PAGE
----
The EditorsMarch 23, 2016

On March 7, U.S. drones and manned aircraft killed about 150 people in Somalia. The Obama administration claimed the dead were Shabab fighters gathered for a graduation ceremony from a “terrorist boot camp” of sorts and that no civilian lives were lost. Many Americans seem ready to take government officials at their word. As Glenn Greenwald, an outspoken critic of the president’s counterterrorism policy, wryly put it, “Huge numbers of people today who have absolutely no idea who was killed are certain that they all deserved it.”

The body count in Somalia made these strikes notable; but the shadowy, unaccountable manner in which they were conducted is unfortunately not unusual in the U.S. stealth drone program, which has been conducted away from active war zones in countries like Yemen, Pakistan and Libya. The Obama administration announced in March it would soon release a detailed report on how many combatants and civilians have died in such strikes since 2009. Coming in President Obama’s final year, his pledge that these figures would be released annually rings hollow, as no future administration will be obligated to do so.

The Congress can and should mandate a yearly casualty report. But as the news from Somalia makes clear, much can be masked even by a seemingly open accounting of military and covert operations. When we hear that 10, 50 or 100 “terrorists” were killed, it is easy to lose sight of the human realities behind the numbers as well as the legal and moral questions raised by taking even one life. Telling us “how many” is hardly sufficient from a president who claims to head “the most transparent administration in history.” True accountability demands that he also explain why and on what authority.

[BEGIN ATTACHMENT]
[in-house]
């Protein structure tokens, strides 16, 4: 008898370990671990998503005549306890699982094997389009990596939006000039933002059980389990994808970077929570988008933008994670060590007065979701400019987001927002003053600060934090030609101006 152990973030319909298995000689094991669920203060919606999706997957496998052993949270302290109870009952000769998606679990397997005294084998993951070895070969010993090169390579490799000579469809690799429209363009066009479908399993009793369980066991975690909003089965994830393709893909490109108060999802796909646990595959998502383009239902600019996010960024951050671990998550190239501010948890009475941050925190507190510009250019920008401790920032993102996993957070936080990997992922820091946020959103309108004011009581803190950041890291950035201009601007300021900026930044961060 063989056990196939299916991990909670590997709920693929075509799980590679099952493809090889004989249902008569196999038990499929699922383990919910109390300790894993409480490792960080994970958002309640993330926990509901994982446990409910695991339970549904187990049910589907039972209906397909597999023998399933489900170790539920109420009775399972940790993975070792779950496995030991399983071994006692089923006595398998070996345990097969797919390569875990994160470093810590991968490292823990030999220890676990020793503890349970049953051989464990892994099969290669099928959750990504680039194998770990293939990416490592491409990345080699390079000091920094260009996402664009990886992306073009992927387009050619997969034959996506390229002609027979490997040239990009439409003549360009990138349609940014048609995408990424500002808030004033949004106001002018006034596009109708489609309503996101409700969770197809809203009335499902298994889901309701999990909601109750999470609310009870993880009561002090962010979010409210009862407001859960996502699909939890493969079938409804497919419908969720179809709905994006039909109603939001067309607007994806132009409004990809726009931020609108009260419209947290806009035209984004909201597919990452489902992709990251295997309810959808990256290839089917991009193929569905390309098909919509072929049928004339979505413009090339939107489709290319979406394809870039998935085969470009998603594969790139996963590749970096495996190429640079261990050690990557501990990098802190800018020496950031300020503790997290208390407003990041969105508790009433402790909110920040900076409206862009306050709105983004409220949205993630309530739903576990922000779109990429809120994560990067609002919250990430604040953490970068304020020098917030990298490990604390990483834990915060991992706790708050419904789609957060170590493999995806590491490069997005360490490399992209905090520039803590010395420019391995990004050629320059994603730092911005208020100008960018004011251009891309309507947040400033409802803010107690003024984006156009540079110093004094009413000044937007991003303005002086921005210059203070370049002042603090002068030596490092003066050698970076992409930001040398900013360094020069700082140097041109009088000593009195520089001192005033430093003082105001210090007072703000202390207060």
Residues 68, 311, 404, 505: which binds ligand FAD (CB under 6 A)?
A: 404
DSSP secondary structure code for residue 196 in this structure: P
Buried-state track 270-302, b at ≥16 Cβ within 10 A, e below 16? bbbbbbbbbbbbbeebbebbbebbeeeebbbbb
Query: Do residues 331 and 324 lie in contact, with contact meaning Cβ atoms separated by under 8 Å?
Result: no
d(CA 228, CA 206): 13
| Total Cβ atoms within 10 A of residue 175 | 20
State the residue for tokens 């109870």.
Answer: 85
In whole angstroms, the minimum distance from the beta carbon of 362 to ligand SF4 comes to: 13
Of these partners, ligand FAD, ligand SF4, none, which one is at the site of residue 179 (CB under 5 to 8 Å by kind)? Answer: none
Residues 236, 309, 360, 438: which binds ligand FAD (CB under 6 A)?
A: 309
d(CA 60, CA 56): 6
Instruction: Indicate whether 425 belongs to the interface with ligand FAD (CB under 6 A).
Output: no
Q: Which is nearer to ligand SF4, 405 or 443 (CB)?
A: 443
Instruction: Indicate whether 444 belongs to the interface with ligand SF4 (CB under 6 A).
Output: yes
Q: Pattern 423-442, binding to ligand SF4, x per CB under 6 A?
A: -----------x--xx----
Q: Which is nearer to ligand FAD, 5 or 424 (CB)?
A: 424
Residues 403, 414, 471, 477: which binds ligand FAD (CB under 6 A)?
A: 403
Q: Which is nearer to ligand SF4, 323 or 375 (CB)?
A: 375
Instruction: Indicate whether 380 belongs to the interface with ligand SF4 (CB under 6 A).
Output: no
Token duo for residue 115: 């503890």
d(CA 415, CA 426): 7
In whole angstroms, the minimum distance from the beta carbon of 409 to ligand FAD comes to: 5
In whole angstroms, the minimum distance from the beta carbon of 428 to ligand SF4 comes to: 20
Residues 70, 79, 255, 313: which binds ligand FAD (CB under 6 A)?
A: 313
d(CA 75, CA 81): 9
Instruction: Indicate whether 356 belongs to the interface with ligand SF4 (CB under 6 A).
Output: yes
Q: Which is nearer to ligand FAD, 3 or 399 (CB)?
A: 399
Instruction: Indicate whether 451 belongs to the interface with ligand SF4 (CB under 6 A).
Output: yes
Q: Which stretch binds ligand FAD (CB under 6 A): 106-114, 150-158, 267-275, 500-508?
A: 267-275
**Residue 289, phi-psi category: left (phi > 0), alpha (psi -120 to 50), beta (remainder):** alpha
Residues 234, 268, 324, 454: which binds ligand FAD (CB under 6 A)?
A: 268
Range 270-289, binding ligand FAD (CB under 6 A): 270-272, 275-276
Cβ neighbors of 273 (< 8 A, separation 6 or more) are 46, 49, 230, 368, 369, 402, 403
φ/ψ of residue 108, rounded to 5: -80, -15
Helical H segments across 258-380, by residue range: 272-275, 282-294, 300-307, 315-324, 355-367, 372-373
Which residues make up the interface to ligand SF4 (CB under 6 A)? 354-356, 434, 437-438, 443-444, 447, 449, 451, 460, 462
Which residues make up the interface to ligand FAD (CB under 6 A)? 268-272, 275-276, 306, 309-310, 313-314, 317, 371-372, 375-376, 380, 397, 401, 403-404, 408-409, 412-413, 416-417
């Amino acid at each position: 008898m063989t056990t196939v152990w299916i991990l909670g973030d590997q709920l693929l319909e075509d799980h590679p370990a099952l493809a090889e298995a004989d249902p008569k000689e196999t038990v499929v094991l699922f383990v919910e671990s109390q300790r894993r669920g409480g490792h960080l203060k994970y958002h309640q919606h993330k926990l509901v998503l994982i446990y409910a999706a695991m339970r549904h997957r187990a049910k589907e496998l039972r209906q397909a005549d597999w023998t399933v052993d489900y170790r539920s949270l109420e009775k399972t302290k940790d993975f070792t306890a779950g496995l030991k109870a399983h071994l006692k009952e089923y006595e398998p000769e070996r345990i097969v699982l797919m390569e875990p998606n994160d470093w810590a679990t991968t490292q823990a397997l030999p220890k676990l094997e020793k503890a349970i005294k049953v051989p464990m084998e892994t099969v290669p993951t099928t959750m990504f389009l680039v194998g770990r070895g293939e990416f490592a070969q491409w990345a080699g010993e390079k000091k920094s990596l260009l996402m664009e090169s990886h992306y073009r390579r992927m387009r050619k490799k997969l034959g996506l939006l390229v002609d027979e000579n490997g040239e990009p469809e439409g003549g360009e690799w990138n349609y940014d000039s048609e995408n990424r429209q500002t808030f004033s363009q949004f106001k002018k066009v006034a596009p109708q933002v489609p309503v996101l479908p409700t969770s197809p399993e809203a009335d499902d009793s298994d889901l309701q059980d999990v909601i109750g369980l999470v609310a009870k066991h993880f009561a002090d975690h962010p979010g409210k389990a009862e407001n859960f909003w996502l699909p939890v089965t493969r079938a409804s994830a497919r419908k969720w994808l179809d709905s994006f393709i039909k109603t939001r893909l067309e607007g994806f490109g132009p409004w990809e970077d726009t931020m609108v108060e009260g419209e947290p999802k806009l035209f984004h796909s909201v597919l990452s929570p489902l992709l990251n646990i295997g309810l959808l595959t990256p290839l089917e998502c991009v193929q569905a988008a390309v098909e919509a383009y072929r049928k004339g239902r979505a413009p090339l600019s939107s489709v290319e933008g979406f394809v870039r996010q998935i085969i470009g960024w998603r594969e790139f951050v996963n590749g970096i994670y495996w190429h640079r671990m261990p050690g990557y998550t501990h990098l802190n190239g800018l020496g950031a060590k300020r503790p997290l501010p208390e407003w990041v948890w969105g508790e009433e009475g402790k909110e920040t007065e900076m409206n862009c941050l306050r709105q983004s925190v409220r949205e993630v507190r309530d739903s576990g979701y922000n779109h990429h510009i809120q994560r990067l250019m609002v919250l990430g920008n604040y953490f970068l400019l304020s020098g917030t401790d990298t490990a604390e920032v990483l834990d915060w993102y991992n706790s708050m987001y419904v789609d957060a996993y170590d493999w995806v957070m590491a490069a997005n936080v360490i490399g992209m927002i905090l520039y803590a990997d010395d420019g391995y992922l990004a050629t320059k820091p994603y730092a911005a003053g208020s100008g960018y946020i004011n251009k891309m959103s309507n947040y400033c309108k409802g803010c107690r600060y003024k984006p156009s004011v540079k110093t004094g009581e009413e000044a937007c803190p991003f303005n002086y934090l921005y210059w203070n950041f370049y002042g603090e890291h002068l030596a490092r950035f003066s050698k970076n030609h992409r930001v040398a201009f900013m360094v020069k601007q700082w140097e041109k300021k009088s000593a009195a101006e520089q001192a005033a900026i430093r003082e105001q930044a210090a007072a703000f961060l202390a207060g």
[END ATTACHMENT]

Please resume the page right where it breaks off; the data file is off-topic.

Comments are automatically closed two weeks after an article's initial publication. See our comments policy for more.

The latest from america

Evyatar Marienberg, a historian of religion at the University of North Carolina Chapel Hill, has written a book about Sting’s Catholic imagination and how it fueled his creativity.
Some experts say the level of detail included in the story suggests that whoever provided the information has access to large datasets and methods of analysis that could have cost hundreds of thousands of dollars—or more.
The cast of ‘Father Ted,’ from left clockwise: Pauline McLynn, Dermot Morgan, Ardal O'Hanlon and Frank Kelly (photo: Alamy/Moviestore Collection Ltd)
“Father Ted” can be seen as both a relic of an Irish moment and a humorous, but serious, argument against the confessional state.
Addison Del MastroJuly 23, 2021
Whether you’re not quite ready to return to in-person retreats, looking for a reflective space amid a busy schedule or just trying this form of prayer for the first time, online retreats are designed to help you pray no matter where you find yourself this summer.
Grace DoerflerJuly 23, 2021